Here's 1990:

The 1990 graph is similar to the 1980 graph, but more subdued. Food inflation once again peaked the year before. Oil inflation again peaked 3 months into the recession (in the 8 months from July 1990 to March 1991, oil went from under $20 a barrel to over $35 and back to $20 again). The consumer inflation rate also peaked 3 months into the recession, at a rate over 6%.

Finally, here's the current graph:

It looks quite possible that food inflation has just peaked. Oil inflation was still increasing in March. So it seems likely that overall consumer inflation hasn't peaked yet.

Since both in 1980 and 1990, inflation as measured by the consumer price index peaked within a month of the peak year over year increase in oil inflation, looking at the inflation rate in oil prices in the last year can give us important clues as to when consumer inflation might peak. Below is the table of oil prices for the last 2 years that was used to generate the graphs above. Note that oil prices peaked at $74 a barrel in July 2006, then declined to $55 a barrel in January 2007, and since then oil prices have doubled to $110 a barrel now. From March 2007 to March 2008, went up 75%. Is it likely that oil prices will continue to have increased at a rate of 75% a year or more in the coming months of 2008? We can find out by adding 75% to the price from subseequent months of 2007. The results are in parentheses to the right:

2006-07-01 74.410
2006-08-01 73.050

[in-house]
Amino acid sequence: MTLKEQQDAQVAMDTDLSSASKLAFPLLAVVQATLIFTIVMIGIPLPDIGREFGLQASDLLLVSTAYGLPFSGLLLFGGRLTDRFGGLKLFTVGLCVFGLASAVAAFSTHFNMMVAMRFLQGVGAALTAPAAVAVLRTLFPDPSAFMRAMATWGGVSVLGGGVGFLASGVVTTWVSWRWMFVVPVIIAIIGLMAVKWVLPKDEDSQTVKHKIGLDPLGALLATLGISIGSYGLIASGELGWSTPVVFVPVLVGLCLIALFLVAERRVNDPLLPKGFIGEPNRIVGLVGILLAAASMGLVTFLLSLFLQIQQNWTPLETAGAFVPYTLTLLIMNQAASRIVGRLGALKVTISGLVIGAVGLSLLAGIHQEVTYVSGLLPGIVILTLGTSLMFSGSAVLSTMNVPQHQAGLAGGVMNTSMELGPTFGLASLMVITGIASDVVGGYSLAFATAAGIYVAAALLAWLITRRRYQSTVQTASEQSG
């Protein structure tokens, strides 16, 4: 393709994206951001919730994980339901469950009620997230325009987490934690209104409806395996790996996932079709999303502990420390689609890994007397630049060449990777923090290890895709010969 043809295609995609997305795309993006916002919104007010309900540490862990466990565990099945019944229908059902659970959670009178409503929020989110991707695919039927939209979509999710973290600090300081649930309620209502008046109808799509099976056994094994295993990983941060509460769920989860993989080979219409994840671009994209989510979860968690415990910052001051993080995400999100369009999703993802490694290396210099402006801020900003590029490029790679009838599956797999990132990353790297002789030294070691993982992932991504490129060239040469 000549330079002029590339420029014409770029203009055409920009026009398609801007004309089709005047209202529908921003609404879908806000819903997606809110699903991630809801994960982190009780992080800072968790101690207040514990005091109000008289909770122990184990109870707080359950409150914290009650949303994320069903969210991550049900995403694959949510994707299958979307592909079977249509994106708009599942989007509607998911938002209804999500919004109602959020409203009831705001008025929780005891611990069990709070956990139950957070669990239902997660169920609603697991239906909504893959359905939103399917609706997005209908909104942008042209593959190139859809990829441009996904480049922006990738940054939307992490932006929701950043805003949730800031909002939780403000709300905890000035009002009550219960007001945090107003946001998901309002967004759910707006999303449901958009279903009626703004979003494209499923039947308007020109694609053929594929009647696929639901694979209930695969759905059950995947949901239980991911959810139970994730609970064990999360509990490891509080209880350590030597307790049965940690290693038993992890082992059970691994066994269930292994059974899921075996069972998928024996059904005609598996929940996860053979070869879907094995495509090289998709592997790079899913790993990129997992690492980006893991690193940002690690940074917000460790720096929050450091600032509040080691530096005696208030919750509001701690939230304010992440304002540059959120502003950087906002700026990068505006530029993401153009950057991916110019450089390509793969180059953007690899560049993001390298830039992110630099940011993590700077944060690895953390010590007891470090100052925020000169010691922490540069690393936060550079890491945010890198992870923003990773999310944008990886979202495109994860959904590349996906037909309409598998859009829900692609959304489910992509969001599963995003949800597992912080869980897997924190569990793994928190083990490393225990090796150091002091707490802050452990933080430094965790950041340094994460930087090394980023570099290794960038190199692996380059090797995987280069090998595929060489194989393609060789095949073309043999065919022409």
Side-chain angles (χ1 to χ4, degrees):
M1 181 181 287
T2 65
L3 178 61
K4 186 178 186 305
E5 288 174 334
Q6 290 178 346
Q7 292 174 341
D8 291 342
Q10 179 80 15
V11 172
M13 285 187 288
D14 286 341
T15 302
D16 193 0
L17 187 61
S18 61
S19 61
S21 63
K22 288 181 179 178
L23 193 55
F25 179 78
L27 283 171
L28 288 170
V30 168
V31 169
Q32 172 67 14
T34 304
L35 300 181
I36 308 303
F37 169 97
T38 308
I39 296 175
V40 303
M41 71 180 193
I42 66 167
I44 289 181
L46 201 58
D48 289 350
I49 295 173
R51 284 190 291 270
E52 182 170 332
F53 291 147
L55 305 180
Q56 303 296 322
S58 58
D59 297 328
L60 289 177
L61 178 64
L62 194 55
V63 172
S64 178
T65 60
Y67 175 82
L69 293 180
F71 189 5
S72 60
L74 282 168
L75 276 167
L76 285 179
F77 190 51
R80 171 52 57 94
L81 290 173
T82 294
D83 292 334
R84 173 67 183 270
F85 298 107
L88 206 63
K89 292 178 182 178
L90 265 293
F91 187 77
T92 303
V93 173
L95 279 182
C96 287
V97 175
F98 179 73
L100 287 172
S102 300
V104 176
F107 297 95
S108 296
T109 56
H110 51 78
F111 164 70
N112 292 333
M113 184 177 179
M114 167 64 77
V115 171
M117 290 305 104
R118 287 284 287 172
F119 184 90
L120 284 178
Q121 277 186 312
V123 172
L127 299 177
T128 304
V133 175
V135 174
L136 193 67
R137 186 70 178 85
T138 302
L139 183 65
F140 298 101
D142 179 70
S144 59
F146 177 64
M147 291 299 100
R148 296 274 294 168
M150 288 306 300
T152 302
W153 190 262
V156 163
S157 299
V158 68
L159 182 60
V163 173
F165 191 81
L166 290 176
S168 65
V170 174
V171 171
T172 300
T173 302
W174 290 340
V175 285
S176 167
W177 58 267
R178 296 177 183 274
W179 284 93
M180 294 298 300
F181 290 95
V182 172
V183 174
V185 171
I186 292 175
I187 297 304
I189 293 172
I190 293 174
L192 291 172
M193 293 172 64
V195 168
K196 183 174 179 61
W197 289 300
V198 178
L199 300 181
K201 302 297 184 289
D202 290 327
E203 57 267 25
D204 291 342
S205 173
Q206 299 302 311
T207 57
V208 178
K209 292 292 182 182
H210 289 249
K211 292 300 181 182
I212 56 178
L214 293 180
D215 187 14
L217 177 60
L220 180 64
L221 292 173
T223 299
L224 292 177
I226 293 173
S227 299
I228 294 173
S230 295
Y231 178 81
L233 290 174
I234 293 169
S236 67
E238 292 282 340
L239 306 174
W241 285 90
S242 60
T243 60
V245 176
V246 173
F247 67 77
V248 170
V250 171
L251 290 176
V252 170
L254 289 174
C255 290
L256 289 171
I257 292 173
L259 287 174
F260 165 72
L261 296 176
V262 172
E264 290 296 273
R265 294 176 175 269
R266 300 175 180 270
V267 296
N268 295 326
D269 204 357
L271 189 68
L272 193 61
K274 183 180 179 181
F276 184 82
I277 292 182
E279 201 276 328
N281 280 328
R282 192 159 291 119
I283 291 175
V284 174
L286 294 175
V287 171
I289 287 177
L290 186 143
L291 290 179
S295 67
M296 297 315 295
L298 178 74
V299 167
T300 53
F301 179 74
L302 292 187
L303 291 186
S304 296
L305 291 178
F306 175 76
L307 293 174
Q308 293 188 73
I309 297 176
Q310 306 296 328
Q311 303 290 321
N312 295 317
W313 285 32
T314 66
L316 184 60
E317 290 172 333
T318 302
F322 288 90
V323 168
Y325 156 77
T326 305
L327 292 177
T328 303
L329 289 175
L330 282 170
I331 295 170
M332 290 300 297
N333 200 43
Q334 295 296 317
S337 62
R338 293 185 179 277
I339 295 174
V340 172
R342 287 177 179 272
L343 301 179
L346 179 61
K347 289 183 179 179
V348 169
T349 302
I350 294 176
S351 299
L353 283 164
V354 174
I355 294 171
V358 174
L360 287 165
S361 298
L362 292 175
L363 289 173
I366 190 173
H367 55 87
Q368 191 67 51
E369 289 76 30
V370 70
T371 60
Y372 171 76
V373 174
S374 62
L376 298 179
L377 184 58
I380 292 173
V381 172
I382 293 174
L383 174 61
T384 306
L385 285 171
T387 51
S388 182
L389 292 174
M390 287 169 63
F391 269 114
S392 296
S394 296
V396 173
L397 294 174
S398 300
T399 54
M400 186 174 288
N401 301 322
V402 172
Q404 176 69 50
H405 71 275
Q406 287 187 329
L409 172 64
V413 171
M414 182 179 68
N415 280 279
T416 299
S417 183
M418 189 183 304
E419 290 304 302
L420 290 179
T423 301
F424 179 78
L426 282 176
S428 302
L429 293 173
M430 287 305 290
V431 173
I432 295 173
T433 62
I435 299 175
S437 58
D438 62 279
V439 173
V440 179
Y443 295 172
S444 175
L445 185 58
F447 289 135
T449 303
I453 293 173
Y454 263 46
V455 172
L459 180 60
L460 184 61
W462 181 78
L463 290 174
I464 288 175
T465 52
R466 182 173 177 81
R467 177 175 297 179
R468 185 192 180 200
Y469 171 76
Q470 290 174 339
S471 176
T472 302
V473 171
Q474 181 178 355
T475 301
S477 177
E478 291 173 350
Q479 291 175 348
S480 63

2006-09-01 63.870
2006-10-01 58.880
2006-11-01 59.370
2006-12-01 62.030
2007-01-01 54.570
2007-02-01 59.260
2007-03-01 60.560
2007-04-01 63.970 (x 1.75 = 111.95)
2007-05-01 63.460 (x 1.75 = 111.06)
2007-06-01 67.480 (x 1.75 = 118.09)
2007-07-01 74.180 (x 1.75 = 129.82)
2007-08-01 72.390 (x 1.75 = 126.68)
2007-09-01 79.930 (x 1.75 = 139.88)
2007-10-01 86.200 (x 1.75 = 150.85)
2007-11-01 94.620 (x 1.75 = 165,58)
2007-12-01 91.730
2008-01-01 92.950
2008-02-01 95.350
2008-03-01 105.560

It seems quite likely that at some point in the next couple of months, oil will have increased more than 75% a year. By October, however, it seems quite unlikely that oil will be priced at $150 a barrel or higher. It only rose from $100 to $110 in the last 3 months. If that rate of increase continues, it will be at $121 a barrel in July and $133 a barrel in October. (even adding in the spurt to $115 this week only gets us to about ~$140/barrel in October).

A second way to look at past recessionary episodes is to note that oil tended to spurt in price and then hold steady of lengthy periods of time, as in this graph that is in log scale, so equal percentage moves show up equally:

Note that previous spikes steadied or reversed quickly: the 1974 spike steadied in just over 12 months; the 1980 spike in 18 months, the 1990 spike reversed in 8. Our current spike started from $55 in January 2007. If the past patten holds true, the spike in oil prices should end by this summer sometime.

And indeed, as this report by the Dept. of Energy demonstrates, domestic US demand for gasoline is falling:

Gasoline consumption has been declining for at least six months....

[D]uring the second half of 2007, gasoline consumption declined by 0.1 percent from the year before. In fact, fourth-quarter consumption fell by 0.4 percent. The drop in gasoline consumption, the first since the recession of 2000, should come as no surprise with the slowing economy and soaring gasoline prices.